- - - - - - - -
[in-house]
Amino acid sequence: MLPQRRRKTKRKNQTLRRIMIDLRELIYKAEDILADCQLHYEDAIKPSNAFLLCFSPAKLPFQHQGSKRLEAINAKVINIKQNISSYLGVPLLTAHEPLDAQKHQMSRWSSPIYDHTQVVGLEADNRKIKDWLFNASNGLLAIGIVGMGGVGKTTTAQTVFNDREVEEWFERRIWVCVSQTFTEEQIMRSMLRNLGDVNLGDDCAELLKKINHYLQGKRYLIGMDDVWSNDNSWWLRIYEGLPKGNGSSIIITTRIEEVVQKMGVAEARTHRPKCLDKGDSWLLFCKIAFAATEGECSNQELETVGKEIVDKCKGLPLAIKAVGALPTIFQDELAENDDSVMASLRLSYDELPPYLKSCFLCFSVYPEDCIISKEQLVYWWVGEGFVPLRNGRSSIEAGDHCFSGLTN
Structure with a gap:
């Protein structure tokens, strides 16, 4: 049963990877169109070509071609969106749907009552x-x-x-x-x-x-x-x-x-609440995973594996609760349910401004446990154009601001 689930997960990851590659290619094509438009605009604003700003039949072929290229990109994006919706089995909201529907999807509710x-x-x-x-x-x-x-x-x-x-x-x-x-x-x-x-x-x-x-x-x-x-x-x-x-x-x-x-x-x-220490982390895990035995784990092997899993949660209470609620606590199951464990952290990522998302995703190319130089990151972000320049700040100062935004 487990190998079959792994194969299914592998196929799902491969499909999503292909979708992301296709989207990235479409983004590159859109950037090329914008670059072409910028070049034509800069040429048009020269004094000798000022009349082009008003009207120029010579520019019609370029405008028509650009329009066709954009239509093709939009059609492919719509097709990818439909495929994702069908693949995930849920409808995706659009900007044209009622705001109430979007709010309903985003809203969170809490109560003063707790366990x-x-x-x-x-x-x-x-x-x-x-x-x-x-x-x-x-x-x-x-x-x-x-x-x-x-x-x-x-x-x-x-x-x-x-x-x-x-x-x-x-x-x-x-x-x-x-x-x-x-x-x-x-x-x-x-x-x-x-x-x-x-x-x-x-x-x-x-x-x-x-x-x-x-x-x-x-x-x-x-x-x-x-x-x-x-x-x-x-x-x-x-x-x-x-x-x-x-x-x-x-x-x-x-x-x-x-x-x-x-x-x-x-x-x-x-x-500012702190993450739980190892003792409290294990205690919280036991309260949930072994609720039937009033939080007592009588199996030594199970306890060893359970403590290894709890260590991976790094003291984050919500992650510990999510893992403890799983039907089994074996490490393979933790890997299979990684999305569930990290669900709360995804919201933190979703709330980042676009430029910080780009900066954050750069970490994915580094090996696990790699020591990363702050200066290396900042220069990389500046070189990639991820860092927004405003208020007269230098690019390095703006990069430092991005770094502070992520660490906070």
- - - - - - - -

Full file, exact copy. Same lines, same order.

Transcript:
[in-house]
Amino acid sequence: MLPQRRRKTKRKNQTLRRIMIDLRELIYKAEDILADCQLHYEDAIKPSNAFLLCFSPAKLPFQHQGSKRLEAINAKVINIKQNISSYLGVPLLTAHEPLDAQKHQMSRWSSPIYDHTQVVGLEADNRKIKDWLFNASNGLLAIGIVGMGGVGKTTTAQTVFNDREVEEWFERRIWVCVSQTFTEEQIMRSMLRNLGDVNLGDDCAELLKKINHYLQGKRYLIGMDDVWSNDNSWWLRIYEGLPKGNGSSIIITTRIEEVVQKMGVAEARTHRPKCLDKGDSWLLFCKIAFAATEGECSNQELETVGKEIVDKCKGLPLAIKAVGALPTIFQDELAENDDSVMASLRLSYDELPPYLKSCFLCFSVYPEDCIISKEQLVYWWVGEGFVPLRNGRSSIEAGDHCFSGLTN
Structure with a gap:
């Protein structure tokens, strides 16, 4: 049963990877169109070509071609969106749907009552x-x-x-x-x-x-x-x-x-609440995973594996609760349910401004446990154009601001 689930997960990851590659290619094509438009605009604003700003039949072929290229990109994006919706089995909201529907999807509710x-x-x-x-x-x-x-x-x-x-x-x-x-x-x-x-x-x-x-x-x-x-x-x-x-x-x-x-x-x-220490982390895990035995784990092997899993949660209470609620606590199951464990952290990522998302995703190319130089990151972000320049700040100062935004 487990190998079959792994194969299914592998196929799902491969499909999503292909979708992301296709989207990235479409983004590159859109950037090329914008670059072409910028070049034509800069040429048009020269004094000798000022009349082009008003009207120029010579520019019609370029405008028509650009329009066709954009239509093709939009059609492919719509097709990818439909495929994702069908693949995930849920409808995706659009900007044209009622705001109430979007709010309903985003809203969170809490109560003063707790366990x-x-x-x-x-x-x-x-x-x-x-x-x-x-x-x-x-x-x-x-x-x-x-x-x-x-x-x-x-x-x-x-x-x-x-x-x-x-x-x-x-x-x-x-x-x-x-x-x-x-x-x-x-x-x-x-x-x-x-x-x-x-x-x-x-x-x-x-x-x-x-x-x-x-x-x-x-x-x-x-x-x-x-x-x-x-x-x-x-x-x-x-x-x-x-x-x-x-x-x-x-x-x-x-x-x-x-x-x-x-x-x-x-x-x-x-x-500012702190993450739980190892003792409290294990205690919280036991309260949930072994609720039937009033939080007592009588199996030594199970306890060893359970403590290894709890260590991976790094003291984050919500992650510990999510893992403890799983039907089994074996490490393979933790890997299979990684999305569930990290669900709360995804919201933190979703709330980042676009430029910080780009900066954050750069970490994915580094090996696990790699020591990363702050200066290396900042220069990389500046070189990639991820860092927004405003208020007269230098690019390095703006990069430092991005770094502070992520660490906070």